Celebrating 125 years of operation, the county library system has assembled an exhibit that recalls the past while envisioning the future.
The Hennepin County Libraries will recall their deep-rooted history, celebrate their ongoing success, and look forward to their future endeavors with their summer-long exhibit, "For Use: 125 Years of Library Service in Hennepin County," at the Minneapolis Central Library.
A grand opening program and reception will kick off the event at 7 p.m. Thursday in Pohlad Hall at the Minneapolis Central Library.
The program is built around the theme "The Past, Present and Future of Libraries" and will feature a prominent former library director and the current director. Minnesota Historical Society history player Maureen Trepp will portray Gratia Countryman, library director from 1904 to 1936, in a discussion about the history and evolution of the county's libraries with current library director Lois Langer Thompson. A casual reception will follow the program.
The ongoing exhibit will focus on how library service has evolved over the past 125 years, said Stu Wilson, executive director of the Library Foundation of Hennepin County.
"You might think it would be a progressing of buildings, but it's more about the way library services changed to serve the community," he said.
The exhibit will feature several interactive pieces. A technology table will allow patrons to try out e-readers, while an MP3 station will allow them to listen to oral histories from the library's special collections.
At another station, visitors will be able to answer questions regarding what they value most in the library system and what they would like to see in the future. They will be able to write their answers on cards and slip them into an old-fashioned card catalog.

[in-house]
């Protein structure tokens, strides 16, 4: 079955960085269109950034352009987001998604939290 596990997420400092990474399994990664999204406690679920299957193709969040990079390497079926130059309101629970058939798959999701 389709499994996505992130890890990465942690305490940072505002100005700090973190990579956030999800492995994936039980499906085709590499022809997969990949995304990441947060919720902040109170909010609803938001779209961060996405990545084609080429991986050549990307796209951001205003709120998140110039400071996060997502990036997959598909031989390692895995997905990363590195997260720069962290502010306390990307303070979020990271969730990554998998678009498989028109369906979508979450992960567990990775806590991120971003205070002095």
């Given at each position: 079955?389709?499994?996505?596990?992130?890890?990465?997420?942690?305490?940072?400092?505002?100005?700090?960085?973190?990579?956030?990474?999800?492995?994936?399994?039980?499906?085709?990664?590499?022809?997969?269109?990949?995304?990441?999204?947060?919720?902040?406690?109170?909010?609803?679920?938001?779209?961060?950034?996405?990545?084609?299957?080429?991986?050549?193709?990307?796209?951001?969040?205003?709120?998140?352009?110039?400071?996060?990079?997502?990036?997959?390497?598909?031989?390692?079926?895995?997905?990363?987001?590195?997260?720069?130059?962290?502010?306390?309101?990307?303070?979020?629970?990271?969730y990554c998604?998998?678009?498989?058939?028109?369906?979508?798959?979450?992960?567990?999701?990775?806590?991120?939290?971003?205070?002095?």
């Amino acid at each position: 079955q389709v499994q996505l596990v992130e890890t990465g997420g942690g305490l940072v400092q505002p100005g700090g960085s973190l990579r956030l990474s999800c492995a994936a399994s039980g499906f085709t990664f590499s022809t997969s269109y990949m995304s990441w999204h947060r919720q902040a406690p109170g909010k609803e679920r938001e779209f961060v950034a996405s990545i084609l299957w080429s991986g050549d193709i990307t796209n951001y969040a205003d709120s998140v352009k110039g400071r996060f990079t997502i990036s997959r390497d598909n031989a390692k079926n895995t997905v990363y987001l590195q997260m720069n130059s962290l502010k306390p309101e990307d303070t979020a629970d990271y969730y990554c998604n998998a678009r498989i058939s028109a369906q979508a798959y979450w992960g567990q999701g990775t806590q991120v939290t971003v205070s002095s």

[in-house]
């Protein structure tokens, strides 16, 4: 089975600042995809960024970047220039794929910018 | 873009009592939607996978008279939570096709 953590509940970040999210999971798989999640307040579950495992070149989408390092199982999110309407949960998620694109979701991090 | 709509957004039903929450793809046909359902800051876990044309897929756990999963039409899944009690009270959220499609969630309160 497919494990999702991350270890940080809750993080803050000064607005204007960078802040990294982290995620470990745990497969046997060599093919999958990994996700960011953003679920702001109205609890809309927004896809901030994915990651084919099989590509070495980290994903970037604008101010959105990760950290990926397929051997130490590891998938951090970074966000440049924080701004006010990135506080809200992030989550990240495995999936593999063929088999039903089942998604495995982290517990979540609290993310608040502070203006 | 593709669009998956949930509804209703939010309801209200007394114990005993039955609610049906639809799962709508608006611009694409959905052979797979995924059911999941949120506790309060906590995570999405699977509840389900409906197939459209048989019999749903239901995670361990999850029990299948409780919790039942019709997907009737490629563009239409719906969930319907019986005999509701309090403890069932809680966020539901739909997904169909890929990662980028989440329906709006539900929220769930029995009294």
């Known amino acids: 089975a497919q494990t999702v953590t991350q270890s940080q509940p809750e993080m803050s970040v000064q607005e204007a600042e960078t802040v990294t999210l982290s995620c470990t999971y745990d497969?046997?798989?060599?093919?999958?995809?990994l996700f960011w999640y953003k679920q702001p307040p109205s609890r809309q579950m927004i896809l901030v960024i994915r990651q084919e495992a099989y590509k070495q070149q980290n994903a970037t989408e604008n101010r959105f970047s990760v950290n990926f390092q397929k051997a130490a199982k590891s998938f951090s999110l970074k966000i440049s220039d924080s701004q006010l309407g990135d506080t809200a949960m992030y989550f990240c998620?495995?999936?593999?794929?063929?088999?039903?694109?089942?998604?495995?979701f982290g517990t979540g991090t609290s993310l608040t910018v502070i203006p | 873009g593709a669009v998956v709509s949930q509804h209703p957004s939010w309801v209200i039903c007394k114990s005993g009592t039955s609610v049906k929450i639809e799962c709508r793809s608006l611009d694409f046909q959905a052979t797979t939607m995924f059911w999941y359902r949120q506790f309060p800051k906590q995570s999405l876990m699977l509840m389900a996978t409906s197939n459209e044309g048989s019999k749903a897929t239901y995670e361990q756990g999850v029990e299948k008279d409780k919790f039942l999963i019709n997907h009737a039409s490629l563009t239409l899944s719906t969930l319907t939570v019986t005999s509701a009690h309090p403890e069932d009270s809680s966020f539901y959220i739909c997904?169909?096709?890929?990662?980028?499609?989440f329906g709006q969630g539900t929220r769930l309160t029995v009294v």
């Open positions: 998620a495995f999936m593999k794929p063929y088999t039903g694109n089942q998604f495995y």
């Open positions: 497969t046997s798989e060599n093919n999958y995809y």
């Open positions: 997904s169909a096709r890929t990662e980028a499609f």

"It's a way to interact and give us feedback on what they want to see in the library," said Johannah Genett, programming director of Hennepin County Libraries.
The exhibit also will feature a timeline showcasing important moments in the library's history, beginning with the groundbreaking of the Minneapolis Central Library in 1886. A few of the library's most interesting and rare finds will be on display as well.
"You can go at your own pace," Genett said. "You can spend five minutes, or you can spend an hour looking at everything."
"The history is really fascinating and deep and rich," Wilson said. "Being able to celebrate that in this great, relatively new library -- it's sort of an added bonus reflecting the strong service of the library and the support of the community."
The exhibit is free and will run until Sept. 30.
Mara Van Ells is a Minneapolis freelance writer.